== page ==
The B.C. Government has announced new legislation for the real estate industry and it's fellow participants: a "cooling off" period when it comes to buying and selling homes for resale and newly
New "Cooling Off Period" Legislation to Protect Buyers...and Sellers?
Dated: November 7 2021
The B.C. Government has announced new legislation for the real estate industry and it's fellow participants: a "cooling off" period when it comes to buying and selling homes for resale and newly built homes. Following an entire year of frustated buyers who've lost out repeatedly in the multiple offer situations that have become standard when bidding for single family homes.
The cooling off period is to protect buyers and the associated risks when dealing with such a large financial transaction, allowing them to change their minds and walk away with no or diminished legal consequences. Currently there is a cooling off period already set for pre-construction sales for multi-unit development properties. This allows buyers to rescind their contract and walk away within seven days, even after signing the Contract of Purchase and Sale, without any consequences.
Speak to any buyer's agent after buying them a shot, they'll share with you their year of haggard sleep and writing unconditional offers and using strategies to win during the competitive market. Speak to a listing agent and you'll get a different prespective, a humble brag about how much over-asking above the list price they were able to achieve for their clients.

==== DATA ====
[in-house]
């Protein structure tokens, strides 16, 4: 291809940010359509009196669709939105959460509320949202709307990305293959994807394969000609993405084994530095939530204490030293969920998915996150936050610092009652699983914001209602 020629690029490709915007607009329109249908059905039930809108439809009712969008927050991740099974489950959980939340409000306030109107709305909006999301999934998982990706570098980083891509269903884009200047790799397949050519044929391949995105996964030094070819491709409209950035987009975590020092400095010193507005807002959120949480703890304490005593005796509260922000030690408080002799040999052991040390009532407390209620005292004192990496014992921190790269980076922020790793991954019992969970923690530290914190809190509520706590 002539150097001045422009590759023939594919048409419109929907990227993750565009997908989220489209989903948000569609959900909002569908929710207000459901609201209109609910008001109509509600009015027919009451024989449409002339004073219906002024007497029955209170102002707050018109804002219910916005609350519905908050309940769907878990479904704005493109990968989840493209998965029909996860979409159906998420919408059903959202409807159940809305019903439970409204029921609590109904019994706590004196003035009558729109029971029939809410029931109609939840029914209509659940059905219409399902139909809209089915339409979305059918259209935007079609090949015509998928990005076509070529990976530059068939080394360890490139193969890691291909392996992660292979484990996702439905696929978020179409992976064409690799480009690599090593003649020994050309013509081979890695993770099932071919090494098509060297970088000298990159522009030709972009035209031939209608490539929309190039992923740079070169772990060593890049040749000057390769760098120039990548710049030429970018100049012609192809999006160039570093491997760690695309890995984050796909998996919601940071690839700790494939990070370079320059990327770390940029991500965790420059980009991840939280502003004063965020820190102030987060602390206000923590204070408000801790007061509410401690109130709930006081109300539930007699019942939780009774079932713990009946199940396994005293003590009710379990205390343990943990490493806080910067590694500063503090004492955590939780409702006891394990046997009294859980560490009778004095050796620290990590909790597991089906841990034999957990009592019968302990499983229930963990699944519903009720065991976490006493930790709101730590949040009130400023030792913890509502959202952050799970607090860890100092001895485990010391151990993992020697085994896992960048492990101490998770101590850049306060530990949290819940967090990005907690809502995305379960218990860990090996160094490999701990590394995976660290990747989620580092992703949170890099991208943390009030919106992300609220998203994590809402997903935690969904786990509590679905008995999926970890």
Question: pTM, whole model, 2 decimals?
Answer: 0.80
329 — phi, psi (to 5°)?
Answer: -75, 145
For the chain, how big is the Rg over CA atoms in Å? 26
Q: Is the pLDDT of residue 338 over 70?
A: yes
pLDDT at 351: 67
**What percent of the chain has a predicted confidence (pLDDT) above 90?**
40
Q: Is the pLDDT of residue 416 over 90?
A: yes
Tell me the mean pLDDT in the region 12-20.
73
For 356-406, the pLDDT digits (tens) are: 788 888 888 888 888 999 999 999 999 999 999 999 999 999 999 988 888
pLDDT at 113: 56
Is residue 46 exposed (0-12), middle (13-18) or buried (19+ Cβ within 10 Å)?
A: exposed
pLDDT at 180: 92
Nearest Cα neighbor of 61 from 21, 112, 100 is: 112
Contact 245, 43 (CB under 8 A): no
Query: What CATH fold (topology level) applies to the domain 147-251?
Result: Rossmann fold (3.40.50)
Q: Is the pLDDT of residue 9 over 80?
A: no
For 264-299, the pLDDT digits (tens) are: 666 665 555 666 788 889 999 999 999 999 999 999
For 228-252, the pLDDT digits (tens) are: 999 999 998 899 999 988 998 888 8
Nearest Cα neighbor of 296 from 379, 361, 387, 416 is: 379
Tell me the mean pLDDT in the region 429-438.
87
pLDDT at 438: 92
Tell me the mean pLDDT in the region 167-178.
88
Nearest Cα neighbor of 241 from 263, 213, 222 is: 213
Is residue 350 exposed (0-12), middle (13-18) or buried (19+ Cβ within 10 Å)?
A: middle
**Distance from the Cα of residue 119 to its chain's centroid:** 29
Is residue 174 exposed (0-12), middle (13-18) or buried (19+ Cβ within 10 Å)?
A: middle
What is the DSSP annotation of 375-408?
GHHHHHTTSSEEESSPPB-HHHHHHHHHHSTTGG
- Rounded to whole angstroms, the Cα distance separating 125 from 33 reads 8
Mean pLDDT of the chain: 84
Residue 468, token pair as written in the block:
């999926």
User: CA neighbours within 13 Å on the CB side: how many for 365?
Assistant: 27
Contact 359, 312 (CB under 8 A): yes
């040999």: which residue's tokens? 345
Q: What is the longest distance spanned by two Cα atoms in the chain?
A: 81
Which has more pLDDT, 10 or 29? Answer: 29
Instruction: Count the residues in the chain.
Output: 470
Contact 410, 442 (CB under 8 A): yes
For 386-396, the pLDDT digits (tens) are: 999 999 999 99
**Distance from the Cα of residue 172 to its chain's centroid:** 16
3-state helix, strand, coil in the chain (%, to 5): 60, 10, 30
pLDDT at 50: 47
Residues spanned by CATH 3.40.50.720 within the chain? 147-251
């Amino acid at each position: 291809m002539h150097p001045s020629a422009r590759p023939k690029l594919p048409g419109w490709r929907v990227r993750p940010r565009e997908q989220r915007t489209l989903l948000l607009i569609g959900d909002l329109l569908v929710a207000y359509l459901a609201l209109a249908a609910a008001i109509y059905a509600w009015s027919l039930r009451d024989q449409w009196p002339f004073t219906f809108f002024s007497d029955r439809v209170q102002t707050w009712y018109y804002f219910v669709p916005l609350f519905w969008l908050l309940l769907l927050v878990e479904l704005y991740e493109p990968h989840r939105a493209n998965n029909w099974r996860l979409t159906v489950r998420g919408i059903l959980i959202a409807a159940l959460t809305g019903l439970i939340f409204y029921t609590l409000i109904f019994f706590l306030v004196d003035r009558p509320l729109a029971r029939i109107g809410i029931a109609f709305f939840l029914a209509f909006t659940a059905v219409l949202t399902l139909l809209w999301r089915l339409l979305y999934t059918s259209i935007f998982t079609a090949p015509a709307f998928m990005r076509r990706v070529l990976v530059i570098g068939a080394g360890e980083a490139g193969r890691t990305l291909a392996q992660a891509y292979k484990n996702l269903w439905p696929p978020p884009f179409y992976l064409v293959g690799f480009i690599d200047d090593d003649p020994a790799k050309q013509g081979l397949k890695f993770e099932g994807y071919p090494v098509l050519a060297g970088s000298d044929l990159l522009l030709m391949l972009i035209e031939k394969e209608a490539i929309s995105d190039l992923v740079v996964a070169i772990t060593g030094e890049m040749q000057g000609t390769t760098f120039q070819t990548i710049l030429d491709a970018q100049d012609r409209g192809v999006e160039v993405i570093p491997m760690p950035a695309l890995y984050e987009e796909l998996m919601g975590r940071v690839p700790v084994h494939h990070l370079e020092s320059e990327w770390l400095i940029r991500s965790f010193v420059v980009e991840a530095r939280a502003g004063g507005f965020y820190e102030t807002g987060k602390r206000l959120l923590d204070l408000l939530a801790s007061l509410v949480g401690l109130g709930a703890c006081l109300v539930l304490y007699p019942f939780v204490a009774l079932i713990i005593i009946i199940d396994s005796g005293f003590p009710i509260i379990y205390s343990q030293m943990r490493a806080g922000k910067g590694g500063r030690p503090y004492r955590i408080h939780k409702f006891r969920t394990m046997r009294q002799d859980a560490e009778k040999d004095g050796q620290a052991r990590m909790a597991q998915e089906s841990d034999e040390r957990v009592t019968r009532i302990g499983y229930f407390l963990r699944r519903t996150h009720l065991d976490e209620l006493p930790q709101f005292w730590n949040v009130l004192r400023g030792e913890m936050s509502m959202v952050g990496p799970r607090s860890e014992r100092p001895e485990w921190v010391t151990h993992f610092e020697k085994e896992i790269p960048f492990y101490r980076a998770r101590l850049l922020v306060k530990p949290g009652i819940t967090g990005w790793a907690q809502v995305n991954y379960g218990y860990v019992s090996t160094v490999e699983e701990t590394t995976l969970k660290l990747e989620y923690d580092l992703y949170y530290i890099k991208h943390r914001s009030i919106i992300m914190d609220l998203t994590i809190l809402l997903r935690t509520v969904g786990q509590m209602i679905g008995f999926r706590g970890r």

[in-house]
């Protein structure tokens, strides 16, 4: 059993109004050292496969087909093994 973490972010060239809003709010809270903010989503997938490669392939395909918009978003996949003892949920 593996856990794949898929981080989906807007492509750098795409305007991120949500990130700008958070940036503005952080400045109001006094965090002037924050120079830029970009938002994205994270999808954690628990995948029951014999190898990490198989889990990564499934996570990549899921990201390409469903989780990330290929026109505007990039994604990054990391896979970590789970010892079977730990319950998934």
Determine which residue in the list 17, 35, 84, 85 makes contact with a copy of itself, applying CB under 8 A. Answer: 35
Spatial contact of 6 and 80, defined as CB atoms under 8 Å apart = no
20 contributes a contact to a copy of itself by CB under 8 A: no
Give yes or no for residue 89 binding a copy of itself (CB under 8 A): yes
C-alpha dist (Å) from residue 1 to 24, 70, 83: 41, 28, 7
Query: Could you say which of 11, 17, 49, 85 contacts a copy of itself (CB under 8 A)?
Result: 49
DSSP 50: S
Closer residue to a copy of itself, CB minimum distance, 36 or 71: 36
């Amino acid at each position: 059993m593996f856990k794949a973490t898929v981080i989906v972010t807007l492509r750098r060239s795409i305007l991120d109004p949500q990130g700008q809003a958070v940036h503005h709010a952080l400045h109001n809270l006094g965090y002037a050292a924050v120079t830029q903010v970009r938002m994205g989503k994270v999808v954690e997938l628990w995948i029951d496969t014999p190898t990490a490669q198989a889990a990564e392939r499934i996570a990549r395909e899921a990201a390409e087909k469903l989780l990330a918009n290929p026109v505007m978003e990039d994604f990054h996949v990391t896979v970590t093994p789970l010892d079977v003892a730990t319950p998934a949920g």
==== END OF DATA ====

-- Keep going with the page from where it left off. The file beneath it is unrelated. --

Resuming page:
There may be a few reasons real estate agents will have a hard time with this policy coming into effect Spring 2022. Currently, there's no consultations from the real estate industry nor were policy advisors from the government level included in the decision before the announcement. Moreover, the low inventory and highly priced market is not limited to B.C. The inventory shortage is shared globally.
If you've heard, "It's a buyer's market right now, get in while you can." Well this seller's market was too hot to handle and now the government is stepping in to "deal" with the issue. However, this new policy may do more harm than assist in stablizing the heightened market.
On August 1, 2021, the BCFSA (BC Financial Services Authority) became the singular regulator for all financial services in B.C., including real estate. This body will be consulted to give advice to the government in early 2022.
What are your thoughts on the legislation with the current market? Comment below.
Raised in Victoria, Rob has fully embraced island life and culture. He spent some time living in Vancouver and LA before returning to his roots and rediscovering his love for this city. His past clie....